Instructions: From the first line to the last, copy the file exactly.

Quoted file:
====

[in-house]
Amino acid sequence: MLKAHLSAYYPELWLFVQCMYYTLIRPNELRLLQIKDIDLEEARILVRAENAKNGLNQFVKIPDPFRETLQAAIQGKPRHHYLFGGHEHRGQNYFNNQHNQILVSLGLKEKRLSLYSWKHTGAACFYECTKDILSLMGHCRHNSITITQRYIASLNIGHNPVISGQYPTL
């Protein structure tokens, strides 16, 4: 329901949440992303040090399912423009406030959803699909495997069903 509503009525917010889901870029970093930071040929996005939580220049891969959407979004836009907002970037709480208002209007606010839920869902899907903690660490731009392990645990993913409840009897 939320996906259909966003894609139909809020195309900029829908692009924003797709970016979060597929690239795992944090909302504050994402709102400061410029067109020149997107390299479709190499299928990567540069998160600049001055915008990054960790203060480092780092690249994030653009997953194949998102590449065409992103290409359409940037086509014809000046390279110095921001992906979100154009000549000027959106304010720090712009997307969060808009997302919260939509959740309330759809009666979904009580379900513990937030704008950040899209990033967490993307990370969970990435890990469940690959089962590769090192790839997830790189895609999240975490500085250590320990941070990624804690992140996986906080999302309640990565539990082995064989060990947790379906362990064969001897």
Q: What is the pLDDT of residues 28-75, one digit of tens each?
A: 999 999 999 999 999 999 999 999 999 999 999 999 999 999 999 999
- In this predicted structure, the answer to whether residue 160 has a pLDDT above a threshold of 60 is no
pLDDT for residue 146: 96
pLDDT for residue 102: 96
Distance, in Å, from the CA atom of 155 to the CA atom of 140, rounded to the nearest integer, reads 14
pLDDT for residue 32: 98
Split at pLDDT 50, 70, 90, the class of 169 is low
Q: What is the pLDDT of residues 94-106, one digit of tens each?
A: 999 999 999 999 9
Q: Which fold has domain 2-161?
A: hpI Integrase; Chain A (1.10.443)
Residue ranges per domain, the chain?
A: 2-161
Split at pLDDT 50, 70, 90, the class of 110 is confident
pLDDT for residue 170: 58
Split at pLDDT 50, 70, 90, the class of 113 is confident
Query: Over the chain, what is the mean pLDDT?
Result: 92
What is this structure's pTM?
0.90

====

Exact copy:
[in-house]
Amino acid sequence: MLKAHLSAYYPELWLFVQCMYYTLIRPNELRLLQIKDIDLEEARILVRAENAKNGLNQFVKIPDPFRETLQAAIQGKPRHHYLFGGHEHRGQNYFNNQHNQILVSLGLKEKRLSLYSWKHTGAACFYECTKDILSLMGHCRHNSITITQRYIASLNIGHNPVISGQYPTL
């Protein structure tokens, strides 16, 4: 329901949440992303040090399912423009406030959803699909495997069903 509503009525917010889901870029970093930071040929996005939580220049891969959407979004836009907002970037709480208002209007606010839920869902899907903690660490731009392990645990993913409840009897 939320996906259909966003894609139909809020195309900029829908692009924003797709970016979060597929690239795992944090909302504050994402709102400061410029067109020149997107390299479709190499299928990567540069998160600049001055915008990054960790203060480092780092690249994030653009997953194949998102590449065409992103290409359409940037086509014809000046390279110095921001992906979100154009000549000027959106304010720090712009997307969060808009997302919260939509959740309330759809009666979904009580379900513990937030704008950040899209990033967490993307990370969970990435890990469940690959089962590769090192790839997830790189895609999240975490500085250590320990941070990624804690992140996986906080999302309640990565539990082995064989060990947790379906362990064969001897």
Q: What is the pLDDT of residues 28-75, one digit of tens each?
A: 999 999 999 999 999 999 999 999 999 999 999 999 999 999 999 999
- In this predicted structure, the answer to whether residue 160 has a pLDDT above a threshold of 60 is no
pLDDT for residue 146: 96
pLDDT for residue 102: 96
Distance, in Å, from the CA atom of 155 to the CA atom of 140, rounded to the nearest integer, reads 14
pLDDT for residue 32: 98
Split at pLDDT 50, 70, 90, the class of 169 is low
Q: What is the pLDDT of residues 94-106, one digit of tens each?
A: 999 999 999 999 9
Q: Which fold has domain 2-161?
A: hpI Integrase; Chain A (1.10.443)
Residue ranges per domain, the chain?
A: 2-161
Split at pLDDT 50, 70, 90, the class of 110 is confident
pLDDT for residue 170: 58
Split at pLDDT 50, 70, 90, the class of 113 is confident
Query: Over the chain, what is the mean pLDDT?
Result: 92
What is this structure's pTM?
0.90